Skunk
2006-04-27, 05:21
I finally got the sonic impact to beat out the jolida 102b in overall presentation of the music. I can't believe how good some of the discs I had completely written off are sounding. The two most notable examples are Fishbone's Truth and Soul, and Tool's AEnima. Both sounded great on past systems, and in the car- but very thin and extremely bright through the jolida.

The key seemed to be adding 30db of attenuation at the server, and cranking the volume on the SI to max (my speakers are effecient) Only then did everything gel. Also- with necessity being the mother of invention- I got a RCA piggyback cable* from RS ($11) to act as a sub out from the SB, and attached the rca-->headphone adapter that feeds the SI to the piggy's back. I wonder if there are sonic consequences to this, other than the physical connection itself?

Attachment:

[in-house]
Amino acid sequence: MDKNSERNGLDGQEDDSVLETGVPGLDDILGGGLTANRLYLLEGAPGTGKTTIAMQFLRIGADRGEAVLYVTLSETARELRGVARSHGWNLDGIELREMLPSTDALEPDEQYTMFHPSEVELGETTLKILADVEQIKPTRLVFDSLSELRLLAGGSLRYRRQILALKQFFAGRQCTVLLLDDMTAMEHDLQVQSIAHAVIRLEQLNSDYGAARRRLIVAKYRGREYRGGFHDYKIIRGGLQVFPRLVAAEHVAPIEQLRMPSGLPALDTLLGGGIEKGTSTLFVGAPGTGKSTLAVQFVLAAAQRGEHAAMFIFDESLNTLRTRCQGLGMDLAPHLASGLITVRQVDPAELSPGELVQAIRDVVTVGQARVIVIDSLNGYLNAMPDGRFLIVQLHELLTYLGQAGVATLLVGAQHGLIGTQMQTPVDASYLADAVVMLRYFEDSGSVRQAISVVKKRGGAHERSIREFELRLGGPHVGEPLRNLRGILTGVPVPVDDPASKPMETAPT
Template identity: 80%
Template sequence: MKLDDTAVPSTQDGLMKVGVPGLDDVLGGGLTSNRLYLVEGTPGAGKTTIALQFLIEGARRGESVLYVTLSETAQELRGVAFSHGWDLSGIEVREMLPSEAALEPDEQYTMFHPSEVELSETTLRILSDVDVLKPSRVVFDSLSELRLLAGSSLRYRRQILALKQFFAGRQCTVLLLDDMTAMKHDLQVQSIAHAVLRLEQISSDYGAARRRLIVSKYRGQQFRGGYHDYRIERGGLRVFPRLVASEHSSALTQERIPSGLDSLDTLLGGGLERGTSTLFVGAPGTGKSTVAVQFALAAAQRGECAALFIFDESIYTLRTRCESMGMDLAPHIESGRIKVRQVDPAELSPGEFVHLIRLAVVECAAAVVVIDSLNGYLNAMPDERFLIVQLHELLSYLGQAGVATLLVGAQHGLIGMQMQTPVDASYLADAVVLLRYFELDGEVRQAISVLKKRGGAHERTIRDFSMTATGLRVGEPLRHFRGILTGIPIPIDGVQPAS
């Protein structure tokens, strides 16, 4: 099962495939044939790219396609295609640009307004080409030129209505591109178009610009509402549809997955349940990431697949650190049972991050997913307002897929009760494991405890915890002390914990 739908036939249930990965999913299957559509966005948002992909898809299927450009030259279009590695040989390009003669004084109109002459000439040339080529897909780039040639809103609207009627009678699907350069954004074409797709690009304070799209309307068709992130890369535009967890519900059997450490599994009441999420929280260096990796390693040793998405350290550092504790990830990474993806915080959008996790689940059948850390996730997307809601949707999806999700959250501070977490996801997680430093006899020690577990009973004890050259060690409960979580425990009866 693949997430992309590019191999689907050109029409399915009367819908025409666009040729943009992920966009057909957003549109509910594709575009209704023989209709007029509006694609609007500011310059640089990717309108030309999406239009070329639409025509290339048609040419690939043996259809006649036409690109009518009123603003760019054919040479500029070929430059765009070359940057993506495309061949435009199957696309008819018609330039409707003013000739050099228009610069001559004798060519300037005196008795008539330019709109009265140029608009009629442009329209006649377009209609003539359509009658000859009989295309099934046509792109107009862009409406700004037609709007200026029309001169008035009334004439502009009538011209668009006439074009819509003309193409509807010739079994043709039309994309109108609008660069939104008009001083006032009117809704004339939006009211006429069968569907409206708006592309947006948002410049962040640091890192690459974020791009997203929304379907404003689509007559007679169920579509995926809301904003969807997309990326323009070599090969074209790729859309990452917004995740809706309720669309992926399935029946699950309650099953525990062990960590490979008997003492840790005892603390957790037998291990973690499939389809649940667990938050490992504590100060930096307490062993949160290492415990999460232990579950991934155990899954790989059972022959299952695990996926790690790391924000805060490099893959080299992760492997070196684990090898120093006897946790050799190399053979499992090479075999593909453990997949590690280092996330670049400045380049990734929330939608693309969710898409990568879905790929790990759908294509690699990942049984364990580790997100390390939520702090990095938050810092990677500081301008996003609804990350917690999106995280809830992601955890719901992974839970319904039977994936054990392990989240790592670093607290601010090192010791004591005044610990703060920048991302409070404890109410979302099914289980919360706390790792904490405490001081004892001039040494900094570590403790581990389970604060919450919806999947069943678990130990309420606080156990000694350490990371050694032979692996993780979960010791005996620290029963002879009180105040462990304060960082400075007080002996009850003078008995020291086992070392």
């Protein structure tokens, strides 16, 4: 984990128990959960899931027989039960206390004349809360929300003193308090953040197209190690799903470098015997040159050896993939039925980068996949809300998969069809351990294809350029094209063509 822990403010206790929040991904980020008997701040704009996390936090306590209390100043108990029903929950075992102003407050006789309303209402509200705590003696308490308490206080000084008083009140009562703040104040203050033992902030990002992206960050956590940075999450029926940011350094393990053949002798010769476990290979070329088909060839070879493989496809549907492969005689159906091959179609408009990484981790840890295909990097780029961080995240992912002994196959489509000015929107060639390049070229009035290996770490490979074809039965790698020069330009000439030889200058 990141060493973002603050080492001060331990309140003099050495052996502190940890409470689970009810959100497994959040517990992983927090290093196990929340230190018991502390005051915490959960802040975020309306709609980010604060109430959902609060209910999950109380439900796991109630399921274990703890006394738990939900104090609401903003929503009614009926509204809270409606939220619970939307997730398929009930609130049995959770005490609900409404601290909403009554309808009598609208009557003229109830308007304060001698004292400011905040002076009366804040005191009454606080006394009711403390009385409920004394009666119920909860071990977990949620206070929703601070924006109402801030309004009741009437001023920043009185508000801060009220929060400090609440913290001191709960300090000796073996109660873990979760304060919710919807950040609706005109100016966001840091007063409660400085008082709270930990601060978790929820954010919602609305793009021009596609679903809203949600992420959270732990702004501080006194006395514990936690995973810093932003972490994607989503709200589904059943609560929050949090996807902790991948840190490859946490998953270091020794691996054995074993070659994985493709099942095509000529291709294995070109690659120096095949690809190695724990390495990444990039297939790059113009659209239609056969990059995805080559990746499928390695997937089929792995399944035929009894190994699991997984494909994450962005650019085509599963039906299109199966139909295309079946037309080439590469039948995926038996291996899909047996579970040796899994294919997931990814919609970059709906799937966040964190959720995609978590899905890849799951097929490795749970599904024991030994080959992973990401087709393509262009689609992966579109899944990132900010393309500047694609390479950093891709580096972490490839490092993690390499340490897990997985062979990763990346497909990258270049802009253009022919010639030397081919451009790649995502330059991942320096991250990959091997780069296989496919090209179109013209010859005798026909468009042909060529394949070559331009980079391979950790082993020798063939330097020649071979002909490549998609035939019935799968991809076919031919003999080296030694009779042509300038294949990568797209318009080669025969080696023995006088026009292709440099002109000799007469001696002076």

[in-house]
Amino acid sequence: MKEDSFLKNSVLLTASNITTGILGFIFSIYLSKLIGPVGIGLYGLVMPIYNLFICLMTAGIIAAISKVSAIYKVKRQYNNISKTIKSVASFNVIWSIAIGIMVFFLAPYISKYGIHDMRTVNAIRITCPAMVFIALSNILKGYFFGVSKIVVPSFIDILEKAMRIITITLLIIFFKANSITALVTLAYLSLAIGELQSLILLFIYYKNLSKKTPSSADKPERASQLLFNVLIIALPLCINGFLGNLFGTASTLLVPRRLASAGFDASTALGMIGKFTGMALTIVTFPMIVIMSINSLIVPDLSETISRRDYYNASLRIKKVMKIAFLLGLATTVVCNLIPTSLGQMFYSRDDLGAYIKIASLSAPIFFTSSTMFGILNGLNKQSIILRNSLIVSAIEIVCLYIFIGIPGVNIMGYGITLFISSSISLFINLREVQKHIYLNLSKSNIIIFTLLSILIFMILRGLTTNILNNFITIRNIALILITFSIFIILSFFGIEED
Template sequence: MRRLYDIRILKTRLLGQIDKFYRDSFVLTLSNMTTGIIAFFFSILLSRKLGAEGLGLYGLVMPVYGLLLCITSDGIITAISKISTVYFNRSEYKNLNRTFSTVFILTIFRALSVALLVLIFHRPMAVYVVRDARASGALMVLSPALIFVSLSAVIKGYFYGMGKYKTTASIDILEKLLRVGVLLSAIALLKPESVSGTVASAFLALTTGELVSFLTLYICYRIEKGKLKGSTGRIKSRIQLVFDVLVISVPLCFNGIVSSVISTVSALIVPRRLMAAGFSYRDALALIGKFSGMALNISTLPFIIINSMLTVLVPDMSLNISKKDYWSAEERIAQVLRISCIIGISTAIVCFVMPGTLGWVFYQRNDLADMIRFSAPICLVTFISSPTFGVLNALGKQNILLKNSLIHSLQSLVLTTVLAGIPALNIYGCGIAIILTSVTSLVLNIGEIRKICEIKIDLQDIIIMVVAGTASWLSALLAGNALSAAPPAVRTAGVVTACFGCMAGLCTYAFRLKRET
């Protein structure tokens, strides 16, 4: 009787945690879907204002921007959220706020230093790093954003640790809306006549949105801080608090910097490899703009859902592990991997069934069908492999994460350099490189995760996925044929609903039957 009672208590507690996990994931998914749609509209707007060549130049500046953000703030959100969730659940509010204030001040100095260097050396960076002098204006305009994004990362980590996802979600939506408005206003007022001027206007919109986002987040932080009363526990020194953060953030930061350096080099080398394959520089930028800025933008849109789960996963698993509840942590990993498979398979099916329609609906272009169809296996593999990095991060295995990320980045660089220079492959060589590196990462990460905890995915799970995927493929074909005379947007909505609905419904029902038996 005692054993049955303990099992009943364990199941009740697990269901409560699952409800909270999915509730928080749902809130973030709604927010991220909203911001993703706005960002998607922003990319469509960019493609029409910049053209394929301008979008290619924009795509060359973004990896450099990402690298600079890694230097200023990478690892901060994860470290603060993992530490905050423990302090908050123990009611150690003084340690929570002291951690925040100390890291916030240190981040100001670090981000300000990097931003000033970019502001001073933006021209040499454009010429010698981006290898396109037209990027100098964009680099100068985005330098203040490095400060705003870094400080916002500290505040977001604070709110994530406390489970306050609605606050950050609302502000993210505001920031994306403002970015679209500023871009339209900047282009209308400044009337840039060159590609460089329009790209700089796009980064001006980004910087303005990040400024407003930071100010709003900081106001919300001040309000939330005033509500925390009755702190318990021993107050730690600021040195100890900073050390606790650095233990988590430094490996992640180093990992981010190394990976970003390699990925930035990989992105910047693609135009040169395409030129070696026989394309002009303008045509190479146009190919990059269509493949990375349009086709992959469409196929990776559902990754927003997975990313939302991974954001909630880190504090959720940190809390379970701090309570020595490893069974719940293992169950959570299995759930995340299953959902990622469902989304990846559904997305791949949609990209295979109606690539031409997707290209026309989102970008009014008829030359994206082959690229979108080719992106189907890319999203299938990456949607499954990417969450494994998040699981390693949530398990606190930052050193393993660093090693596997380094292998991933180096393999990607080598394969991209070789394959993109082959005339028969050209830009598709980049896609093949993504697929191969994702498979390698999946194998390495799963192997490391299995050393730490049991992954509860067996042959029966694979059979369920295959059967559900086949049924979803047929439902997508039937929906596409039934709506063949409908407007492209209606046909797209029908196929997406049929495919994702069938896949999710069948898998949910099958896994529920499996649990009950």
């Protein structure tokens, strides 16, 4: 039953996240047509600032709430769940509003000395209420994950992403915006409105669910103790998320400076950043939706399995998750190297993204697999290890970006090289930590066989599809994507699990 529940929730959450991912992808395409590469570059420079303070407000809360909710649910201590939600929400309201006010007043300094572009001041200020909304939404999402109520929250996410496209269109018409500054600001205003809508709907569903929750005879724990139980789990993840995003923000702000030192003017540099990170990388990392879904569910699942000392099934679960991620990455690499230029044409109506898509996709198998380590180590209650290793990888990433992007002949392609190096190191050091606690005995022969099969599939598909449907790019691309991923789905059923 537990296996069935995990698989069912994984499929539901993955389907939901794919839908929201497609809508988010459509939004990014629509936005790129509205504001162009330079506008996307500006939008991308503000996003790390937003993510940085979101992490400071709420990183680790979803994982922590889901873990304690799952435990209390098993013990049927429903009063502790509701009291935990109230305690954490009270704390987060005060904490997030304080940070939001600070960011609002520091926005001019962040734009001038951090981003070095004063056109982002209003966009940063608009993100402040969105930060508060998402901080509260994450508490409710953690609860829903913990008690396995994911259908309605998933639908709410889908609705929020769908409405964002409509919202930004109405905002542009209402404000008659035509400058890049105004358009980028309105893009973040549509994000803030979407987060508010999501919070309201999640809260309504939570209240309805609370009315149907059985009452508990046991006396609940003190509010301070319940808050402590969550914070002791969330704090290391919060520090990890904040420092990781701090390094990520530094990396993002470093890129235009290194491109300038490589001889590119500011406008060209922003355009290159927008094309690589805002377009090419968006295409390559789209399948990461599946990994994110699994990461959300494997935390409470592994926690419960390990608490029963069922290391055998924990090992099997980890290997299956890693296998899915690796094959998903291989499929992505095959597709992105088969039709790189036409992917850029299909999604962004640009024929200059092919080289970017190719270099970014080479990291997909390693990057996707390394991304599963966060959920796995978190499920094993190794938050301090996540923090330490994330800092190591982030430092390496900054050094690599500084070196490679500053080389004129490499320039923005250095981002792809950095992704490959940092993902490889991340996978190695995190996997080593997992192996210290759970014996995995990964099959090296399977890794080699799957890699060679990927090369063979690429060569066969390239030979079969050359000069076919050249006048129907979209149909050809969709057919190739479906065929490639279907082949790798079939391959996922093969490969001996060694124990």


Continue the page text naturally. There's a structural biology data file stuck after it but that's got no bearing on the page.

At any rate, I'm convinced I need to build one of these little amps. I can only imagine how much better it can get, and starting from scratch seems the way to go. The audiosector amps seem to be at the front of the pack. Maybe it's just the usable Web site making me think that.

EDIT: after experimenting further, the sound out of the t amp is much better after eliminating all server attenuation, and using the t amp potentiometer to attenuate the signal. Sorry for any inconvenience :-)

*

ezkcdude
2006-04-27, 10:00
Also somthing based on the hypex UcD180AD might be good

I think this is an interesting option. After reading the following article, I think I will build this eventually: